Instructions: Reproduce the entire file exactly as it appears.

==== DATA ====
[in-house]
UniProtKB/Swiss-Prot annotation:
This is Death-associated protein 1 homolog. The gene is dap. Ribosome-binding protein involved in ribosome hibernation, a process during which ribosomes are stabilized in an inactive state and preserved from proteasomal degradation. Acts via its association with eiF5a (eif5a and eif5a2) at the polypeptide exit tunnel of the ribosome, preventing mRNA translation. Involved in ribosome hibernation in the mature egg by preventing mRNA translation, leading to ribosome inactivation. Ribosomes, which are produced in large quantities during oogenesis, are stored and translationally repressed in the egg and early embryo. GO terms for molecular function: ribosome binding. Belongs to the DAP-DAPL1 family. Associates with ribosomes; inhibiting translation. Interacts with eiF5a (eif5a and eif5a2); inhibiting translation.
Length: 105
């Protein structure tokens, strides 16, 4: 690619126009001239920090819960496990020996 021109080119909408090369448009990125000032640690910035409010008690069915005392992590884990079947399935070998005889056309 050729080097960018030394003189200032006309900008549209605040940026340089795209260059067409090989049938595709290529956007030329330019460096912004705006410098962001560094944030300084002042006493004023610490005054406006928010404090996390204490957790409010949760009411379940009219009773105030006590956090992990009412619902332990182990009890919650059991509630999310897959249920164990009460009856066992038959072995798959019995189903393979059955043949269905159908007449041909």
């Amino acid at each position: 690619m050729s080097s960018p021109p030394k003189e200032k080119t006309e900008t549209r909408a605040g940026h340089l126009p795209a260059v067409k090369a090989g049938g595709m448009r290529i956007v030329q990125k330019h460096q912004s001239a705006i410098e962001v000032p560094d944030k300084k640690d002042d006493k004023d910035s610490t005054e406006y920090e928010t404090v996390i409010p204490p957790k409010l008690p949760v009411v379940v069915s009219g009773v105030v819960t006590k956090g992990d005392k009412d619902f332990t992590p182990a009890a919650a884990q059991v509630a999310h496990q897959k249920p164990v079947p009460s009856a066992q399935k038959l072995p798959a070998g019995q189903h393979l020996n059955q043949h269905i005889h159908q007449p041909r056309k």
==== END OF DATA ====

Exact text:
[in-house]
UniProtKB/Swiss-Prot annotation:
This is Death-associated protein 1 homolog. The gene is dap. Ribosome-binding protein involved in ribosome hibernation, a process during which ribosomes are stabilized in an inactive state and preserved from proteasomal degradation. Acts via its association with eiF5a (eif5a and eif5a2) at the polypeptide exit tunnel of the ribosome, preventing mRNA translation. Involved in ribosome hibernation in the mature egg by preventing mRNA translation, leading to ribosome inactivation. Ribosomes, which are produced in large quantities during oogenesis, are stored and translationally repressed in the egg and early embryo. GO terms for molecular function: ribosome binding. Belongs to the DAP-DAPL1 family. Associates with ribosomes; inhibiting translation. Interacts with eiF5a (eif5a and eif5a2); inhibiting translation.
Length: 105
């Protein structure tokens, strides 16, 4: 690619126009001239920090819960496990020996 021109080119909408090369448009990125000032640690910035409010008690069915005392992590884990079947399935070998005889056309 050729080097960018030394003189200032006309900008549209605040940026340089795209260059067409090989049938595709290529956007030329330019460096912004705006410098962001560094944030300084002042006493004023610490005054406006928010404090996390204490957790409010949760009411379940009219009773105030006590956090992990009412619902332990182990009890919650059991509630999310897959249920164990009460009856066992038959072995798959019995189903393979059955043949269905159908007449041909």
């Amino acid at each position: 690619m050729s080097s960018p021109p030394k003189e200032k080119t006309e900008t549209r909408a605040g940026h340089l126009p795209a260059v067409k090369a090989g049938g595709m448009r290529i956007v030329q990125k330019h460096q912004s001239a705006i410098e962001v000032p560094d944030k300084k640690d002042d006493k004023d910035s610490t005054e406006y920090e928010t404090v996390i409010p204490p957790k409010l008690p949760v009411v379940v069915s009219g009773v105030v819960t006590k956090g992990d005392k009412d619902f332990t992590p182990a009890a919650a884990q059991v509630a999310h496990q897959k249920p164990v079947p009460s009856a066992q399935k038959l072995p798959a070998g019995q189903h393979l020996n059955q043949h269905i005889h159908q007449p041909r056309k």